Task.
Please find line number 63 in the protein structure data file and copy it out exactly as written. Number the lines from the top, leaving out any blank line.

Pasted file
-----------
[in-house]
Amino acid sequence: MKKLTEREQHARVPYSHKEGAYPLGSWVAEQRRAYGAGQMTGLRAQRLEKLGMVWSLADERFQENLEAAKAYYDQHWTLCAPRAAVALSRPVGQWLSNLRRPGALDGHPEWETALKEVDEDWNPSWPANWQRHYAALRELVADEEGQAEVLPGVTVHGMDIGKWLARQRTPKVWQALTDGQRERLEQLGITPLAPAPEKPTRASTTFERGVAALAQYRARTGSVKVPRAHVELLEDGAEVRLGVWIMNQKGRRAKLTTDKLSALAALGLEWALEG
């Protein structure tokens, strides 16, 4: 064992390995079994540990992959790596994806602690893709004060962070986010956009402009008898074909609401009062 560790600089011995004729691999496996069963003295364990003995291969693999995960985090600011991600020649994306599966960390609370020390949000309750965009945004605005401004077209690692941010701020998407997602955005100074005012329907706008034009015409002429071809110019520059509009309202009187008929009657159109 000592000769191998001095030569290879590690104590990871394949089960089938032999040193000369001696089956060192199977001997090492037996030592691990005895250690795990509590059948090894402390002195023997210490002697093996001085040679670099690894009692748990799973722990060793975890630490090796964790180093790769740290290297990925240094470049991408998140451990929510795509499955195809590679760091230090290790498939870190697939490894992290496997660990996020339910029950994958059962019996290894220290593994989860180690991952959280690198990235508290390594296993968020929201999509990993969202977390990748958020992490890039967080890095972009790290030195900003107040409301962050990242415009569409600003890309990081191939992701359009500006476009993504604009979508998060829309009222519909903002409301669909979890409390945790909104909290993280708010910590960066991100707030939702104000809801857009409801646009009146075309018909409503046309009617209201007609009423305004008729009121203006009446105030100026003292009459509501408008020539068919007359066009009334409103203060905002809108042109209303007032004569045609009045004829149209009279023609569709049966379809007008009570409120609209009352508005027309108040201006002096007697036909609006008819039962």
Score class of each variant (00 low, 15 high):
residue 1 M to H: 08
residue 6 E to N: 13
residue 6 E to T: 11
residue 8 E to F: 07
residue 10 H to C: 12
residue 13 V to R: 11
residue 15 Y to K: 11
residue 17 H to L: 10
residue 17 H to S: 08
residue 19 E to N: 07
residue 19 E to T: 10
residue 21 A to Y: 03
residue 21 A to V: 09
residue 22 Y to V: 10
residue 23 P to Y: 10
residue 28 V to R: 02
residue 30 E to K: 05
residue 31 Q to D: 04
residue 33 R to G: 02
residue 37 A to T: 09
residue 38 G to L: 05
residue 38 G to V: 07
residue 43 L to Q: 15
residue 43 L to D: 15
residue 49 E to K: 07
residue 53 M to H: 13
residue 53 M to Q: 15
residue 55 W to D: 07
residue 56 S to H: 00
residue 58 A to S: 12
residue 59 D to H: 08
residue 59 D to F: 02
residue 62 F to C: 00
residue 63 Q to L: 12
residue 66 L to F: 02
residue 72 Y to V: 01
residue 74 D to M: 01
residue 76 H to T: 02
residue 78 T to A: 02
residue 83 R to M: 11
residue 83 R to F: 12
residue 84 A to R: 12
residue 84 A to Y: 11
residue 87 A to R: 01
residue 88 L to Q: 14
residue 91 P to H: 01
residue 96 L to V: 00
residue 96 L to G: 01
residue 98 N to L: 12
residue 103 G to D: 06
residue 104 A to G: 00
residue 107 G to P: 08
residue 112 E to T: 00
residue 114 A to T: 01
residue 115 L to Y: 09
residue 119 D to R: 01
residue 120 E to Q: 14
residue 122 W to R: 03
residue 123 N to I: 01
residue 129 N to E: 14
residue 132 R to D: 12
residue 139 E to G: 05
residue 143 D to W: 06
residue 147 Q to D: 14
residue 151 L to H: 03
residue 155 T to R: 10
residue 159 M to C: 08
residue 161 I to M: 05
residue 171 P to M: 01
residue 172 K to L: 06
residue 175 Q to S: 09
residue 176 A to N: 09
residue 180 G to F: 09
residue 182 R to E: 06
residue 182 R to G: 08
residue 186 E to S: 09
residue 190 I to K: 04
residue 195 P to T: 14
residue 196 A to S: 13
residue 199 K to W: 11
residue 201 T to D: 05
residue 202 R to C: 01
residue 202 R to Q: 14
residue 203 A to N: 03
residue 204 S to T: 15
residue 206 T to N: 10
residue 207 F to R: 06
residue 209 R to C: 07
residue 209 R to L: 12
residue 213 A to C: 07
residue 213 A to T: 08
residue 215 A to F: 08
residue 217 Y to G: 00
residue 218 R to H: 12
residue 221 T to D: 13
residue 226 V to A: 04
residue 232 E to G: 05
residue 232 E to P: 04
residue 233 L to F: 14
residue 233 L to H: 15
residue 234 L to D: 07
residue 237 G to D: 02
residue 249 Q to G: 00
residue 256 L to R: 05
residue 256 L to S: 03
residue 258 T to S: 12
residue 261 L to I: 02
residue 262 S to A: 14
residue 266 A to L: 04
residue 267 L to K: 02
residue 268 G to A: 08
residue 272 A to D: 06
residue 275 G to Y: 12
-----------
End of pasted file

residue 123 N to I: 01